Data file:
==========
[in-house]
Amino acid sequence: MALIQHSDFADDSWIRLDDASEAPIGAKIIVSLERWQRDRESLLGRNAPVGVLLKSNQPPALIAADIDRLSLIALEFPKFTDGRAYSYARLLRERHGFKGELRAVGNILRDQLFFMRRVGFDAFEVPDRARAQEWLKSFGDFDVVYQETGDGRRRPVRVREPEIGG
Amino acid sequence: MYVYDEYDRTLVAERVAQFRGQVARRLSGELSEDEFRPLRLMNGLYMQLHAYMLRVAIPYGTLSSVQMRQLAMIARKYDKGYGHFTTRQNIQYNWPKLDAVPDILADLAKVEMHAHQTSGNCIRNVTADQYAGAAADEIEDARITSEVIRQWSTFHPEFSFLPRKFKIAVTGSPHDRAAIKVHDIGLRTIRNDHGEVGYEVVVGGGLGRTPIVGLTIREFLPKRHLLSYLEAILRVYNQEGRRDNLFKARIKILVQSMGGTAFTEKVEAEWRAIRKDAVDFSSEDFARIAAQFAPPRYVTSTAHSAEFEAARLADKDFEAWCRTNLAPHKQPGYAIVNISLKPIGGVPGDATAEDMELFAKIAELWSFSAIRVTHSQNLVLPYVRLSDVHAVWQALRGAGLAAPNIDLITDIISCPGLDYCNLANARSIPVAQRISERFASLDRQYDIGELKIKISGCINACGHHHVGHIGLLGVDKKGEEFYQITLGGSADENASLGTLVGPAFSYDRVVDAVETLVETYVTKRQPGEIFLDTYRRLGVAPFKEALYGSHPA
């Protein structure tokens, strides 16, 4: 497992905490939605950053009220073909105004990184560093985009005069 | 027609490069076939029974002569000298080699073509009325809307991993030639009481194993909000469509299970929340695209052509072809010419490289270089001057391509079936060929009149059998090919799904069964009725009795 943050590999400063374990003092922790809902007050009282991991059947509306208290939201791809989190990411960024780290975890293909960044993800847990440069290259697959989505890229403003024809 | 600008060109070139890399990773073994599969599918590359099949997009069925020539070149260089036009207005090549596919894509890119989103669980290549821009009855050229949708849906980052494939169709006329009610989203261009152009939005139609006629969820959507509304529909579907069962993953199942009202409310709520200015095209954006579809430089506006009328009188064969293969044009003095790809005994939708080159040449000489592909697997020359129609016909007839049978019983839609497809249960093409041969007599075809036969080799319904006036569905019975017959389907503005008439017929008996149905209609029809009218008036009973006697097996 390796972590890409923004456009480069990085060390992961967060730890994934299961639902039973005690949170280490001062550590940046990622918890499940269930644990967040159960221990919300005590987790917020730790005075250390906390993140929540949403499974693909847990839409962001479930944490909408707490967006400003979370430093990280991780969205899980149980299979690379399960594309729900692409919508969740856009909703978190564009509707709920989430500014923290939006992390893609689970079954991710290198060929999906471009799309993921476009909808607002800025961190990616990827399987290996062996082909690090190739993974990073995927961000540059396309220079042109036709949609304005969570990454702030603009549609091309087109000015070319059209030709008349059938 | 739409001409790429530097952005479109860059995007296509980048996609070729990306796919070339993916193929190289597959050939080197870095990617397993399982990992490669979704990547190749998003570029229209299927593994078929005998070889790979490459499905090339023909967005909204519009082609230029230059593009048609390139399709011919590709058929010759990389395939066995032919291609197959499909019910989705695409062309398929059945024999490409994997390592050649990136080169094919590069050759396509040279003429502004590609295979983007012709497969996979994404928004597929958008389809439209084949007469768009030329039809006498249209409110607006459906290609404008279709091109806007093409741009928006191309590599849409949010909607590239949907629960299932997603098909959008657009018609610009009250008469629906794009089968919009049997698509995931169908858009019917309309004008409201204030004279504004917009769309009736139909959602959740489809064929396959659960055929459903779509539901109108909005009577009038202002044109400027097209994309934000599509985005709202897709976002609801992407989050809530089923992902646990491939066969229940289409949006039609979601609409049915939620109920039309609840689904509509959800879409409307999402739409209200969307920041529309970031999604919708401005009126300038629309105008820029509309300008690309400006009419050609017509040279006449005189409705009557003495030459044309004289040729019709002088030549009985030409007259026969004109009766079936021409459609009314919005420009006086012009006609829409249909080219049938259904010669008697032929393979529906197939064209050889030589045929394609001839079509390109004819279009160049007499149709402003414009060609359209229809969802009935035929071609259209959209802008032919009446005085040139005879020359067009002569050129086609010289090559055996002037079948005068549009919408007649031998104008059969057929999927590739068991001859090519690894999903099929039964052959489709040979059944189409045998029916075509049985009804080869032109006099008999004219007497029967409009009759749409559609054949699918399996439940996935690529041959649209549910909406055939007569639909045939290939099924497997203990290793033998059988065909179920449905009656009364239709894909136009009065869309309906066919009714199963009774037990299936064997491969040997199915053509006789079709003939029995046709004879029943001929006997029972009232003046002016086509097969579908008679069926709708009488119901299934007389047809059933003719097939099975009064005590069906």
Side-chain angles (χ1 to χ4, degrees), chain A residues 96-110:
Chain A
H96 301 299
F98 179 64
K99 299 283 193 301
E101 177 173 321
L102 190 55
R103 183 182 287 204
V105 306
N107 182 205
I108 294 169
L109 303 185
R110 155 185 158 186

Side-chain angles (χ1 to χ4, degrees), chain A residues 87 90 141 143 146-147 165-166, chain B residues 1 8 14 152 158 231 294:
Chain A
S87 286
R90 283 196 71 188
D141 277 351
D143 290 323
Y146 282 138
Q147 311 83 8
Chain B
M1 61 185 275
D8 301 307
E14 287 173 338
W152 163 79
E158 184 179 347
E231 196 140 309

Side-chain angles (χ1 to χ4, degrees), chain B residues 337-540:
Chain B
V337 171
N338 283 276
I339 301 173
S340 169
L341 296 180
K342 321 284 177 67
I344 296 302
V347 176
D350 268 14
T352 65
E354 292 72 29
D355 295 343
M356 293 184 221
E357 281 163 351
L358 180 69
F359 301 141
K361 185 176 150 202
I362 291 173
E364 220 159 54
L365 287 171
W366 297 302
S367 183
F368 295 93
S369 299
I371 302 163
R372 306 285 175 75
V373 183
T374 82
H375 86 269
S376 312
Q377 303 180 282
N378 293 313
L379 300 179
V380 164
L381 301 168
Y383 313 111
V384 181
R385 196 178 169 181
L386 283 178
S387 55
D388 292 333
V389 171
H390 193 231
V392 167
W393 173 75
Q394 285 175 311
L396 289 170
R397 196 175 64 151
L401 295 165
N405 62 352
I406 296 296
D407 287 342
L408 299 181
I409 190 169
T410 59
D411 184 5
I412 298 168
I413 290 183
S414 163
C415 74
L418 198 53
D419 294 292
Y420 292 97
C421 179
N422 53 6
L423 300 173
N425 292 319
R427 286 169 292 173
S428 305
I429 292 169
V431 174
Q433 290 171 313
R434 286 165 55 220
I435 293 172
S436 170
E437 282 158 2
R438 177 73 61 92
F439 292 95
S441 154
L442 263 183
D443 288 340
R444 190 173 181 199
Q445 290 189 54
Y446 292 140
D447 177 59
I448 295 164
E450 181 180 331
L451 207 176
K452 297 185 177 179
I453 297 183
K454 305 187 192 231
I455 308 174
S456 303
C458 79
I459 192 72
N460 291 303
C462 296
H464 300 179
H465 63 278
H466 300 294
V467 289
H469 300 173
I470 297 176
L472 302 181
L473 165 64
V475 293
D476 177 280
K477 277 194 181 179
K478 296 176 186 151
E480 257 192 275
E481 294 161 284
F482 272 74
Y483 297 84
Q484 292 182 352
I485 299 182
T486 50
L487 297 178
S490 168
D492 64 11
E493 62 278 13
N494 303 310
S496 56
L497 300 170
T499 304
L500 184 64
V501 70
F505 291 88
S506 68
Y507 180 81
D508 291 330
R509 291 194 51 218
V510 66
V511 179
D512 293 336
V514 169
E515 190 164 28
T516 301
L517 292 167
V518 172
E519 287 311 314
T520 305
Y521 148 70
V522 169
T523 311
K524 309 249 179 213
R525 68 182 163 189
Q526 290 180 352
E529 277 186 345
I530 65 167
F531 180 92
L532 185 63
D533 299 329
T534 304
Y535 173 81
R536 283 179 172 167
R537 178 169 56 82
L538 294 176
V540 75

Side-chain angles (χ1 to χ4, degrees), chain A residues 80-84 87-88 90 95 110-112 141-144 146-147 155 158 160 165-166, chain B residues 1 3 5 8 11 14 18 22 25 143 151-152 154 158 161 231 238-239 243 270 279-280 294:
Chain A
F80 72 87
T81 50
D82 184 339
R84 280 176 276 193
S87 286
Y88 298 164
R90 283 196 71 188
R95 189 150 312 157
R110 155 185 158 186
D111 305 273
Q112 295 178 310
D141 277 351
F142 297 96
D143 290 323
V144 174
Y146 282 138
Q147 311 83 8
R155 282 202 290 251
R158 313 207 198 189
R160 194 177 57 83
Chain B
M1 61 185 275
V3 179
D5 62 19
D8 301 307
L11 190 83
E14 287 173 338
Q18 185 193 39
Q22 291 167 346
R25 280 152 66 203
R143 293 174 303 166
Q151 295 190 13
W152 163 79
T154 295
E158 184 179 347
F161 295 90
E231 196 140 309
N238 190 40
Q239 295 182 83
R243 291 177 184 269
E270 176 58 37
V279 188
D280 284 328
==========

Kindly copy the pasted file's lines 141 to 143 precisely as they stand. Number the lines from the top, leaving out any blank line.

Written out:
D476 177 280
K477 277 194 181 179
K478 296 176 186 151